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Found 11 results

  1. Spikes or Scutes

    Found several, 25-30 of these yesterday. Seem more like spikes to me. Can anyone confirm if they are from an Ankylosaur?
  2. here Sana KHEMIRI Sana, François J.Meunier , Michel LAURIN,Louise ZYLBERBERG Morphology and structure of the scales in the Gadiformes (Actinopterygii: Teleostei: Paracanthopterygii) and a comparison to the elasmoid scales of other Teleostei Cah. Biol. Mar. (2001) 42 : 345 - 362 DOI: 10.21411/CBM.A.FBAB4704 about 22 Mb CONTAINS cladograms (no pictorial outtakes possible,BTW,alas) When reputable vertebrate histologists get together,this is what you get
  3. Cretaceous fossils from Alabama

    These are some of the fossils I found a couple of weeks back . Wonder if anyone knows what the last tooth is ?
  4. So the river flooded last week leaving a treasure on the banks!
  5. Hello everyone, I am in desperate need of help with a huge debate I have been having with a friend over fossils preserved in ironstone concretions. From some of what I had read to some advice from other members I it possible to find vertebrate bone among shells and other mollusks preserved in an ironstone concretion. Whether it leaves a trace of the organism, morphs the organic material into the structure of the iron concretion through the decomposition with preserving, or whatever else it may be it seems to be possible. So recently I have hunted a place known to have recorded marine cretaceous shell and other mollusk found in ironstone concretion as well as cretaceous plants in shale, it seems like not to vast of enough study has been done there only from what I know, but since no vertebrate material had yet been discovered there though there can maybe be the possibility. I found these two particularly distinct pieces in iron concretions that exactly mimic the scute structure of soft shell turtle and croc in my opinion, I know how iron concretions are famous for leaving psuedofossils and such but these two pieces look way to exact and since its possible for shells and mollusks to preserve why not scutes? So I am here looking to end this debate, I'm looking for your opinion, can these be labeled as fossils, traces, etc? Or are these among some of the world's best iron concretions and nothing more. Your input especially if you are very experience in this subject would be tremendously appreciated.
  6. Hello I present an interesting question that I'm not to confident to answer myself and am seeking help from the more knowledgeable. Since it seems like (from what I had seen) iron concretions can at rare times preserve certain fossils or traces in one way or another such as molluscs, brachopods, and such. Due to this would it be possible for material such as turtle shell scutes or maybe even croc scutes to turn up in such concretions in one way or another? (the pics are just snipets of general info that I came across online)
  7. Hello everyone, I would first like to preface my post with thanking three members who replied to many emails with advice and insight into my past week hunting the Peace River in Florida, @shellseeker (jack), @digit (ken), and @Sacha (john). A very big thanks to John for allowing me to join him on 2 separate days and honestly, really show me how to harvest fossils the correct way. I wouldn't have 3/4 of the fossils I collected without his assistance. That being said, I was able to find my first megs, some horse material, Scutes, tons of awesome hemis, and a few other odds and ends. There were a couple of pieces I wanted ask about on the forum. I'll start with what John and I leaned towards being whale teeth and go from there...note the striations.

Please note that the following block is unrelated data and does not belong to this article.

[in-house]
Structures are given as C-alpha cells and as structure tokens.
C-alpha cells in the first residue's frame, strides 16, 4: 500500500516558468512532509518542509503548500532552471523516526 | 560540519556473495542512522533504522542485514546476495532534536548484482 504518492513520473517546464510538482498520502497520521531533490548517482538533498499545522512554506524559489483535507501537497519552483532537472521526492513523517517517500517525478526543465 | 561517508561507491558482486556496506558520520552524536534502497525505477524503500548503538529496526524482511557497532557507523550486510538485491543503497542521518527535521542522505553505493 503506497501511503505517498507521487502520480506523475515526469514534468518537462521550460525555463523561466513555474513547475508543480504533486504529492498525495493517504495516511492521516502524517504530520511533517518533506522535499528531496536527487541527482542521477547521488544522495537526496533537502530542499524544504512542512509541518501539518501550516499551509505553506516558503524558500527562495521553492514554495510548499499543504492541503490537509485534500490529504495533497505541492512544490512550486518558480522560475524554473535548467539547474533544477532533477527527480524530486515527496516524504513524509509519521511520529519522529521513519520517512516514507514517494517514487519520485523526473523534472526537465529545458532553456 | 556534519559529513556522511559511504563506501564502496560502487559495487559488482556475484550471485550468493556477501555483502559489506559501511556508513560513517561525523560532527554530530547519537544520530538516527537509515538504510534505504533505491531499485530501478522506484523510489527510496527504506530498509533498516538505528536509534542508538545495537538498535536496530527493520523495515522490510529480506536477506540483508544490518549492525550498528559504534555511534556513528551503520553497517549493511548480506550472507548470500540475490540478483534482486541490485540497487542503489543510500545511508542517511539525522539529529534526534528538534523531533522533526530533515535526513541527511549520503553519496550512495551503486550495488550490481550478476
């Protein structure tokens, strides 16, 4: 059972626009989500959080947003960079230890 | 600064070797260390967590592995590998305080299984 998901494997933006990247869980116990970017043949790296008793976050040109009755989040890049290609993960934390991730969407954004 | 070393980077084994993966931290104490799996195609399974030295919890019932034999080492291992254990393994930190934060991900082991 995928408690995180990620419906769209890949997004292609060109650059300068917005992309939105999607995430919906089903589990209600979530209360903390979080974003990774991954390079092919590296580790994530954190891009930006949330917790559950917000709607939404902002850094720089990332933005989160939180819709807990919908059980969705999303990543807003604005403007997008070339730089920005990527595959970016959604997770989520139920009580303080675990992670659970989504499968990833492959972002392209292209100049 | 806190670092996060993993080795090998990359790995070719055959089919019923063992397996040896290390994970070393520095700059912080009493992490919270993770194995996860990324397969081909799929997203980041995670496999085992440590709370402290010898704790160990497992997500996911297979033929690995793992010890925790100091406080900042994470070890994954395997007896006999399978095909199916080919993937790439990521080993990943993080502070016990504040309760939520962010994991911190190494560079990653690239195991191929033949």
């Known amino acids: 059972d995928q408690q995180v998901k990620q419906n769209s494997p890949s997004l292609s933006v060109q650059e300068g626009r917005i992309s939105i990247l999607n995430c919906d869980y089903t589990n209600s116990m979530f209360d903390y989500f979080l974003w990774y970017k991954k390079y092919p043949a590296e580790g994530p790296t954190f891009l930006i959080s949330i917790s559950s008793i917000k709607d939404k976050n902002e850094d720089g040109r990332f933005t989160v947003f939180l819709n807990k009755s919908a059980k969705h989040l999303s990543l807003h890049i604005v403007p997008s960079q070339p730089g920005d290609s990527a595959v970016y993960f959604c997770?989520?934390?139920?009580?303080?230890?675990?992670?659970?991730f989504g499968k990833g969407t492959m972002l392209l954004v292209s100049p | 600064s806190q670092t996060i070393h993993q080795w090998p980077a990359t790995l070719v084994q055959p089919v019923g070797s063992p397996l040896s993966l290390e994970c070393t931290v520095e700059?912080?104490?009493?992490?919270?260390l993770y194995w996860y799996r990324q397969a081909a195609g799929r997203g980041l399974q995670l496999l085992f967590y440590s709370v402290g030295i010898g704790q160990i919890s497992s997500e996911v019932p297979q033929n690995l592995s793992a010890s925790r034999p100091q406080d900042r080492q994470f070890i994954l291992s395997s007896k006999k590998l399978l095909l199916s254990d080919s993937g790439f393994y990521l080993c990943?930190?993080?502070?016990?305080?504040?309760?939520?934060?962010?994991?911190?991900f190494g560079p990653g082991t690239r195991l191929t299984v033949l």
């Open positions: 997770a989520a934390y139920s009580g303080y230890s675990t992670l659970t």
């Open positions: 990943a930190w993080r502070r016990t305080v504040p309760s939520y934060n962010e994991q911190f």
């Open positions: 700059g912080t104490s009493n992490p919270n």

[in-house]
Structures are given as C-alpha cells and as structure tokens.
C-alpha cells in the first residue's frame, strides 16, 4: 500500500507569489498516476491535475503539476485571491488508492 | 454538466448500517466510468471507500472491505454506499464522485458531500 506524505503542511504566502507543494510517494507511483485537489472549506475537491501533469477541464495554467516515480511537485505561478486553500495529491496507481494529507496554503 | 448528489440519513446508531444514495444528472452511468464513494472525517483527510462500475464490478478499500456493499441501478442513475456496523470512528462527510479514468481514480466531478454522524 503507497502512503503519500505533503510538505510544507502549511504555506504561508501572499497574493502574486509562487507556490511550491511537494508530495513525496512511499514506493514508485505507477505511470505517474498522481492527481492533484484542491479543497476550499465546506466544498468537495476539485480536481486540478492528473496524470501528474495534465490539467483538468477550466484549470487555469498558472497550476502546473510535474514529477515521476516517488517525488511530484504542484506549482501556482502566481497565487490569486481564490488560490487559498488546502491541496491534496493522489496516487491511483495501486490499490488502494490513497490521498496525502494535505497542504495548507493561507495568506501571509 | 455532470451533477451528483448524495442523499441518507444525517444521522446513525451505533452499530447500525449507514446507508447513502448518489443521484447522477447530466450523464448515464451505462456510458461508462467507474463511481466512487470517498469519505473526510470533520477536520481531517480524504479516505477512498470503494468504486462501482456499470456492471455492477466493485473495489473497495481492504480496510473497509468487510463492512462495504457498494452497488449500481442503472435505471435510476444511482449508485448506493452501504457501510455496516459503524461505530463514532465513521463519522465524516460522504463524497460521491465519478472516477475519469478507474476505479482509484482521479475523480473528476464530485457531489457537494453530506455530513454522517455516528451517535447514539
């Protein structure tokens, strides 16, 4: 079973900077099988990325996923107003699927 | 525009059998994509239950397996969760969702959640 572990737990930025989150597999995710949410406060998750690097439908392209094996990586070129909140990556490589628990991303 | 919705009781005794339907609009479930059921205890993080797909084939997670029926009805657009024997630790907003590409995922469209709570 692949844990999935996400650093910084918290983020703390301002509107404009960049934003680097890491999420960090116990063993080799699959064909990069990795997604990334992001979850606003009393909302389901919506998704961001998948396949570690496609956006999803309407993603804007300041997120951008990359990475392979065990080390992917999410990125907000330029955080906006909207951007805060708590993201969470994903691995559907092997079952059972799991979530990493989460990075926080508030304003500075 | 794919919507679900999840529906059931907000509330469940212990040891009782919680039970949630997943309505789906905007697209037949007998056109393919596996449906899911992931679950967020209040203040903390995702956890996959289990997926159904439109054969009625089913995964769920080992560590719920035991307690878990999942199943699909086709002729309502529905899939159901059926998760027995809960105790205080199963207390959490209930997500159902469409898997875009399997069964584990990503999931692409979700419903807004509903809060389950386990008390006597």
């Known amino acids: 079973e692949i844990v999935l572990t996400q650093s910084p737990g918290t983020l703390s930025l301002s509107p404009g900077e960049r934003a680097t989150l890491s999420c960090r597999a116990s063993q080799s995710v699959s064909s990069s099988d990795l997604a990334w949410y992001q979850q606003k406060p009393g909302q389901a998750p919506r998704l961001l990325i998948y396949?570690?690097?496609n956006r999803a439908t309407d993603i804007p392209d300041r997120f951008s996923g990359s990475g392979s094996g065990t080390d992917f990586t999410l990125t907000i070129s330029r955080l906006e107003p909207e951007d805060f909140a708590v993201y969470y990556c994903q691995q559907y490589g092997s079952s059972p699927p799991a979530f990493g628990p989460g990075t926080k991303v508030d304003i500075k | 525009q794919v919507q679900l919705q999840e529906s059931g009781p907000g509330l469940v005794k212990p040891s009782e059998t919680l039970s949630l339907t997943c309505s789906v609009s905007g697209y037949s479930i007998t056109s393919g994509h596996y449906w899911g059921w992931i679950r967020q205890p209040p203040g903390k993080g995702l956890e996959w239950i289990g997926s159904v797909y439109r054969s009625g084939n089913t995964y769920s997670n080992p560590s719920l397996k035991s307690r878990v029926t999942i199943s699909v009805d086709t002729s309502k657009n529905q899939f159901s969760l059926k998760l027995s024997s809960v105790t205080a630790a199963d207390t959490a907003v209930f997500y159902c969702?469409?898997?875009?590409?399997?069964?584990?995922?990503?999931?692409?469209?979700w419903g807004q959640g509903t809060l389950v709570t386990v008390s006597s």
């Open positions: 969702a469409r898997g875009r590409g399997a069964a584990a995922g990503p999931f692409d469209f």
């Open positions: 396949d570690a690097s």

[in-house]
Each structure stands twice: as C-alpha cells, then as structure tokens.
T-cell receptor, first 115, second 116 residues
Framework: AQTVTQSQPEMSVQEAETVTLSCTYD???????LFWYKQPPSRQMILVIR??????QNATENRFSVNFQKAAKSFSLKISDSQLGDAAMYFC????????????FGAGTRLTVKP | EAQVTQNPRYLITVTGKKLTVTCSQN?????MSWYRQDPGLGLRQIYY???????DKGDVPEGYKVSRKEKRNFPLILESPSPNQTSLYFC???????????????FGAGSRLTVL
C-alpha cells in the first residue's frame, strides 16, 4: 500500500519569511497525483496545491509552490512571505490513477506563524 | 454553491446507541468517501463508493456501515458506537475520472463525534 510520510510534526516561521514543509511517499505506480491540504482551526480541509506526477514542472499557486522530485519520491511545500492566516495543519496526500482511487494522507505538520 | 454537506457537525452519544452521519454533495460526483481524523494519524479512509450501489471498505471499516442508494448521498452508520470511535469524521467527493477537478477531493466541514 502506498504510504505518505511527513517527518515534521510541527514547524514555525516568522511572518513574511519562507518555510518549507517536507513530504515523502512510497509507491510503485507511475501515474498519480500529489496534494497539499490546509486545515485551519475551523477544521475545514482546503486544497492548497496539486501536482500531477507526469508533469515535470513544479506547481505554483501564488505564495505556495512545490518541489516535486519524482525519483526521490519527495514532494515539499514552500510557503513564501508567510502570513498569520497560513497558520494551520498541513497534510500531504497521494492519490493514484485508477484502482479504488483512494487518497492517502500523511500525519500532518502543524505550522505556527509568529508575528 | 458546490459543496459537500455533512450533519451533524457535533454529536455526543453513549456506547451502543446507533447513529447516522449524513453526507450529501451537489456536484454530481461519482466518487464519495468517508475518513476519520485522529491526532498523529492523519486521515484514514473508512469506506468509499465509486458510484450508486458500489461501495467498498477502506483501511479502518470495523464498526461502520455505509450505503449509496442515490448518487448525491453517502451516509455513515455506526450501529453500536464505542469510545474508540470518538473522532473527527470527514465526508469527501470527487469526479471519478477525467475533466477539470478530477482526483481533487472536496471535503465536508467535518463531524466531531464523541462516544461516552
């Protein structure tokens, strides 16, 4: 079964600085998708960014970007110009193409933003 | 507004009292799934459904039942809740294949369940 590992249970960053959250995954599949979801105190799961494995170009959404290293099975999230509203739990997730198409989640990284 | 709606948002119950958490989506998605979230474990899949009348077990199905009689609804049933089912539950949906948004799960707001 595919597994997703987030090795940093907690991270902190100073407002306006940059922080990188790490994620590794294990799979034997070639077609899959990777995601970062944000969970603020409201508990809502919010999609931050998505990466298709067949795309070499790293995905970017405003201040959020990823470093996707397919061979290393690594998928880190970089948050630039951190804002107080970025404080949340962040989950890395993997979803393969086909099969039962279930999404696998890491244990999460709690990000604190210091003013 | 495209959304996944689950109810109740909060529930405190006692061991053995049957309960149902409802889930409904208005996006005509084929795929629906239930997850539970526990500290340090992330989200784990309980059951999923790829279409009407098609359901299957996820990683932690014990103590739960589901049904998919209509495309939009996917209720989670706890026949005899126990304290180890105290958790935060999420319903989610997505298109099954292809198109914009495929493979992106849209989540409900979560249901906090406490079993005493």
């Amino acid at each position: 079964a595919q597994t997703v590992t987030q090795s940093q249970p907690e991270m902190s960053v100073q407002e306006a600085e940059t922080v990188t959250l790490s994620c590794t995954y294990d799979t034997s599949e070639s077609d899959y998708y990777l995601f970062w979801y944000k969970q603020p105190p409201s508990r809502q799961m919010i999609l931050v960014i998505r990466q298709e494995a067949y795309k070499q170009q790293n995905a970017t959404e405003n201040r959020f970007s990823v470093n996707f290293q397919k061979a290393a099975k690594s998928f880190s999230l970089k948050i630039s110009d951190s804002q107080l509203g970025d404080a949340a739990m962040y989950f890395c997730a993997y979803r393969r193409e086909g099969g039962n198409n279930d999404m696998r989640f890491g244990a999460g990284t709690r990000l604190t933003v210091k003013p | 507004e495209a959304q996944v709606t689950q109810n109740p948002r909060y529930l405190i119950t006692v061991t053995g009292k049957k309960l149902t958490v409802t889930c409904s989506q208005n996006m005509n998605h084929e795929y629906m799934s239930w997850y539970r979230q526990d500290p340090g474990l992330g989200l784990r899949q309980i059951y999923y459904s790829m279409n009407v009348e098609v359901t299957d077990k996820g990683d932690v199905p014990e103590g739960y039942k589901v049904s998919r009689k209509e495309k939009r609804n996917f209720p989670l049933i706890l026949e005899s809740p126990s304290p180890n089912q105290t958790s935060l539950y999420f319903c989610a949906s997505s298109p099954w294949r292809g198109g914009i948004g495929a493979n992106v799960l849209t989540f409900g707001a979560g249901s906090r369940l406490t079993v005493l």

8. Hi Everyone! This is my first post and my first time taking pictures of fossils for help with ID's. I promise I will get better! About these fossils: These bone fragments and scutes were found west of Houston, TX, along the Brazos River (Fort Bend and Waller Counties). All of these specimens were found loose, on several different gravel bars. From the preliminary research I have done already, it looks like they are all Pleistocene in age. Please correct me if I'm wrong. This is what I think so far... Specimens 1 and 2: Alligator scutes from the Pleistocene Specimens 3 and 4: Soft shell turtle scutes from the Pleistocene Specimen 5: Unknown Specimens 6, 7, and 8: They look like leg bone fragments from Pleistocene mammals, but that's about all I know. Any help would be greatly appreciated. Thanks in advance. Also, any input you can provide on how to take better pictures would be very helpful.
  9. Turtle

    From the album Eocene vertebrates of Ukraine

    3 associated turtle scutes
  10. Turtle scutes

    From the album Weekend at Peace River, Florida and surrounding areas

    I was digging in the Peace River area of Florida and found several examples of my favorite turtle scute, the ones that run down the middle of the back. Fourteen scutes was quite a haul for me (the 14th scute was small and I missed it when setting up the photo and though they don't have the dark gloss that comes with many fossils from the Peace River proper, the mix of interesting colors makes up for it. I believe the lower left scute is from the middle front or back of the the top shell. Pleistocene epoch.
  11. Giant armadillo scutes

    From the album Weekend at Peace River, Florida and surrounding areas

    I am still learning about the various types of Ice Age armored mega fauna represented in Florida's Peace River fossil deposits. I found these 4 scutes this weekend. The scute on the left measures 2" x 1.25" x .5"
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